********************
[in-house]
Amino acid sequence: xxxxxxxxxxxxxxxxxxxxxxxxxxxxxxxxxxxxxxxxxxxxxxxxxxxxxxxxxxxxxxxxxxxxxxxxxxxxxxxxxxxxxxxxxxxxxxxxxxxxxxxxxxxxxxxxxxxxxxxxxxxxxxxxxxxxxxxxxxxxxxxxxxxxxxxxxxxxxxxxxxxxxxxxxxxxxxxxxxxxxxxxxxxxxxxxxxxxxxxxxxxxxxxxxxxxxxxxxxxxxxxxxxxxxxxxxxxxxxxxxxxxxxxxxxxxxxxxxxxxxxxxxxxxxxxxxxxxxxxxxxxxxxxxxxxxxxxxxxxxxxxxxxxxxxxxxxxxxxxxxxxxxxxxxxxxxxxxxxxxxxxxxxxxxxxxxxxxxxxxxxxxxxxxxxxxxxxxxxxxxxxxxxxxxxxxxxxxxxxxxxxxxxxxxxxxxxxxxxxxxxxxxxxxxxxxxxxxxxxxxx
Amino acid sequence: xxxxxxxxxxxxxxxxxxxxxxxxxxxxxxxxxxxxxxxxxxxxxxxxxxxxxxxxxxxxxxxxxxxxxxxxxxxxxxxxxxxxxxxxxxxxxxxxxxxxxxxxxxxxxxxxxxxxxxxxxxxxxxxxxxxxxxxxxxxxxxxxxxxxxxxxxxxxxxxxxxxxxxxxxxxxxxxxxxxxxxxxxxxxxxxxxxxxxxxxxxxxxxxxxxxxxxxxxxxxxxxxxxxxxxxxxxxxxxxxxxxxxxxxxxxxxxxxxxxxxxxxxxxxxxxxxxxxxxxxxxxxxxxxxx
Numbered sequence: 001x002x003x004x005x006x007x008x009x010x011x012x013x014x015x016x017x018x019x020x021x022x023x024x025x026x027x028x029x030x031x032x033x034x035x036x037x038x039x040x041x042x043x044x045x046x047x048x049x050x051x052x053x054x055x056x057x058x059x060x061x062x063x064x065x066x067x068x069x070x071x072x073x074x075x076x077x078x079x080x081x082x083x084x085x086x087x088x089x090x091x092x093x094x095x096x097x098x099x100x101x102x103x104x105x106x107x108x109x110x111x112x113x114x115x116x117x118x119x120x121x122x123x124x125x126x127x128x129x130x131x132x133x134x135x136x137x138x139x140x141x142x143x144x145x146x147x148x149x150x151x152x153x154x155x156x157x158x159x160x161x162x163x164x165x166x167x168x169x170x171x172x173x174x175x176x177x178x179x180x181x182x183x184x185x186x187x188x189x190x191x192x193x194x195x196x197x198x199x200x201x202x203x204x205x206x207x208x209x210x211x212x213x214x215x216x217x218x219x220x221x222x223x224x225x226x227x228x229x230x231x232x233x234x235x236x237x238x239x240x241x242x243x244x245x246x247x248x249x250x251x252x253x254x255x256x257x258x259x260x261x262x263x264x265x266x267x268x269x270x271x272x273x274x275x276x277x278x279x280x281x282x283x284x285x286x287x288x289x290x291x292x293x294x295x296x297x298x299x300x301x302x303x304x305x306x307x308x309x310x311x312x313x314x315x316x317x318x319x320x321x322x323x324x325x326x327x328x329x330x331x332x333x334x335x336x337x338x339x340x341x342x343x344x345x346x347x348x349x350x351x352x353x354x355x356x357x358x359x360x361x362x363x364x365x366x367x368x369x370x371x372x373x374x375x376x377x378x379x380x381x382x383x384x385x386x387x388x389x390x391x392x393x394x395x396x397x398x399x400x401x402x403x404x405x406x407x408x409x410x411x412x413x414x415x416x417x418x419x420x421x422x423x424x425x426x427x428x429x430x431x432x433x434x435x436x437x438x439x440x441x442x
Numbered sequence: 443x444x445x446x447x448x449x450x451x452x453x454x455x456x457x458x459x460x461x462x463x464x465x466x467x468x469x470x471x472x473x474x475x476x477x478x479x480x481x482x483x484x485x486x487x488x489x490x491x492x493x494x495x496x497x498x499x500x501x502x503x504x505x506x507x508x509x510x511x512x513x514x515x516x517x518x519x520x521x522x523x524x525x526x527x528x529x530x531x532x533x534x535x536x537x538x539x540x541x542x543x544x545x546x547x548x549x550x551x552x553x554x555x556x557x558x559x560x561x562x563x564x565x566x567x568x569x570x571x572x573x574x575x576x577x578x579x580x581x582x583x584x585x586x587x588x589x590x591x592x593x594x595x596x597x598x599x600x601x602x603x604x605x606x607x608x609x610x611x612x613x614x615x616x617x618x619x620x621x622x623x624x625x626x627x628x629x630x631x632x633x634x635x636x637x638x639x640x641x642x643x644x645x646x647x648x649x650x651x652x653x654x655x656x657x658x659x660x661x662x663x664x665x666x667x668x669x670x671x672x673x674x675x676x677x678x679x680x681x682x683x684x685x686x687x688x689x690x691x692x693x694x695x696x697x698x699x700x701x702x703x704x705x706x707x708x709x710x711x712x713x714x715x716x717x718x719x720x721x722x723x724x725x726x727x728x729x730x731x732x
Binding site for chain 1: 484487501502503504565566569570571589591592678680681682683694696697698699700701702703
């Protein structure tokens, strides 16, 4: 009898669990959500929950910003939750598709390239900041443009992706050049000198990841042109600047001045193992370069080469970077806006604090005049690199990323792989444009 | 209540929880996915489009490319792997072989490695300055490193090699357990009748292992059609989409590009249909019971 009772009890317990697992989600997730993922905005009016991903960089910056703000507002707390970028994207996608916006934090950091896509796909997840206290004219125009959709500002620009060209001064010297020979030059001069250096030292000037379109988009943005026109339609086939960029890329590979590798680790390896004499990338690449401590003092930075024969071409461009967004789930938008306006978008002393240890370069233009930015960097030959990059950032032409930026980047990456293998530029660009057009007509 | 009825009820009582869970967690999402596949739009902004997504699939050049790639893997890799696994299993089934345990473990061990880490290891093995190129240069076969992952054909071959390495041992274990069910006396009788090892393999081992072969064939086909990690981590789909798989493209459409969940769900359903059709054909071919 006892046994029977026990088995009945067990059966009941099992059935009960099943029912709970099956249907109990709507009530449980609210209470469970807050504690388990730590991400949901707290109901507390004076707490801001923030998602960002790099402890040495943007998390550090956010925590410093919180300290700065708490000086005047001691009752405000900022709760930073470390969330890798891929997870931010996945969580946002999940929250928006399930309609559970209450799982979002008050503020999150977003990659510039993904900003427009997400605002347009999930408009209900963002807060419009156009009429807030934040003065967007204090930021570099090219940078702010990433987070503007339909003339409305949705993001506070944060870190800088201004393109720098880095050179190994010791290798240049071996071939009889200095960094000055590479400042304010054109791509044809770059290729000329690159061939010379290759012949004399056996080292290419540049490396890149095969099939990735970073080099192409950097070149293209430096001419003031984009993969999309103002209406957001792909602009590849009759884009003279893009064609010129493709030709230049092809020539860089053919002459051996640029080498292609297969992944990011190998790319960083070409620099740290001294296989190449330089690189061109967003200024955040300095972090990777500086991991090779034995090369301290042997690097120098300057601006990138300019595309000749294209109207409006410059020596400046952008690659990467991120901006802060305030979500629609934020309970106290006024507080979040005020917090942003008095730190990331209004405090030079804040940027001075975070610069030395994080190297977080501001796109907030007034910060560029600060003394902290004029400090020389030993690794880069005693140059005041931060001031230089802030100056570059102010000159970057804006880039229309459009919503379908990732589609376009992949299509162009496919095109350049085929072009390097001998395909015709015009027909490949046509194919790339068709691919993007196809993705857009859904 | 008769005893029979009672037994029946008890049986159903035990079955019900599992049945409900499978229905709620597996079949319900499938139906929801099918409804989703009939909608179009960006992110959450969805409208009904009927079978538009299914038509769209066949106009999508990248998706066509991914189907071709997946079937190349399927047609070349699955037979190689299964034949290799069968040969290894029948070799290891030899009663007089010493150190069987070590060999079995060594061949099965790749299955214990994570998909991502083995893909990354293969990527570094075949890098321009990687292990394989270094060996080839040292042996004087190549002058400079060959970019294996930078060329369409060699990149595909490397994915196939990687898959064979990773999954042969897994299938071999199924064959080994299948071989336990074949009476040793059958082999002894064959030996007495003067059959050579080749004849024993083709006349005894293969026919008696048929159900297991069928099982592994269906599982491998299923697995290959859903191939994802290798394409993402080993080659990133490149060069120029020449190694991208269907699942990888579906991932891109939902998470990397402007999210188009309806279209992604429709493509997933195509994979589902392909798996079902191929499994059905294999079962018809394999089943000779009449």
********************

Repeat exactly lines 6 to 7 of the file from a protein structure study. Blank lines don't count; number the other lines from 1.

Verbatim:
Binding site for chain 1: 484487501502503504565566569570571589591592678680681682683694696697698699700701702703
């Protein structure tokens, strides 16, 4: 009898669990959500929950910003939750598709390239900041443009992706050049000198990841042109600047001045193992370069080469970077806006604090005049690199990323792989444009 | 209540929880996915489009490319792997072989490695300055490193090699357990009748292992059609989409590009249909019971 009772009890317990697992989600997730993922905005009016991903960089910056703000507002707390970028994207996608916006934090950091896509796909997840206290004219125009959709500002620009060209001064010297020979030059001069250096030292000037379109988009943005026109339609086939960029890329590979590798680790390896004499990338690449401590003092930075024969071409461009967004789930938008306006978008002393240890370069233009930015960097030959990059950032032409930026980047990456293998530029660009057009007509 | 009825009820009582869970967690999402596949739009902004997504699939050049790639893997890799696994299993089934345990473990061990880490290891093995190129240069076969992952054909071959390495041992274990069910006396009788090892393999081992072969064939086909990690981590789909798989493209459409969940769900359903059709054909071919 006892046994029977026990088995009945067990059966009941099992059935009960099943029912709970099956249907109990709507009530449980609210209470469970807050504690388990730590991400949901707290109901507390004076707490801001923030998602960002790099402890040495943007998390550090956010925590410093919180300290700065708490000086005047001691009752405000900022709760930073470390969330890798891929997870931010996945969580946002999940929250928006399930309609559970209450799982979002008050503020999150977003990659510039993904900003427009997400605002347009999930408009209900963002807060419009156009009429807030934040003065967007204090930021570099090219940078702010990433987070503007339909003339409305949705993001506070944060870190800088201004393109720098880095050179190994010791290798240049071996071939009889200095960094000055590479400042304010054109791509044809770059290729000329690159061939010379290759012949004399056996080292290419540049490396890149095969099939990735970073080099192409950097070149293209430096001419003031984009993969999309103002209406957001792909602009590849009759884009003279893009064609010129493709030709230049092809020539860089053919002459051996640029080498292609297969992944990011190998790319960083070409620099740290001294296989190449330089690189061109967003200024955040300095972090990777500086991991090779034995090369301290042997690097120098300057601006990138300019595309000749294209109207409006410059020596400046952008690659990467991120901006802060305030979500629609934020309970106290006024507080979040005020917090942003008095730190990331209004405090030079804040940027001075975070610069030395994080190297977080501001796109907030007034910060560029600060003394902290004029400090020389030993690794880069005693140059005041931060001031230089802030100056570059102010000159970057804006880039229309459009919503379908990732589609376009992949299509162009496919095109350049085929072009390097001998395909015709015009027909490949046509194919790339068709691919993007196809993705857009859904 | 008769005893029979009672037994029946008890049986159903035990079955019900599992049945409900499978229905709620597996079949319900499938139906929801099918409804989703009939909608179009960006992110959450969805409208009904009927079978538009299914038509769209066949106009999508990248998706066509991914189907071709997946079937190349399927047609070349699955037979190689299964034949290799069968040969290894029948070799290891030899009663007089010493150190069987070590060999079995060594061949099965790749299955214990994570998909991502083995893909990354293969990527570094075949890098321009990687292990394989270094060996080839040292042996004087190549002058400079060959970019294996930078060329369409060699990149595909490397994915196939990687898959064979990773999954042969897994299938071999199924064959080994299948071989336990074949009476040793059958082999002894064959030996007495003067059959050579080749004849024993083709006349005894293969026919008696048929159900297991069928099982592994269906599982491998299923697995290959859903191939994802290798394409993402080993080659990133490149060069120029020449190694991208269907699942990888579906991932891109939902998470990397402007999210188009309806279209992604429709493509997933195509994979589902392909798996079902191929499994059905294999079962018809394999089943000779009449």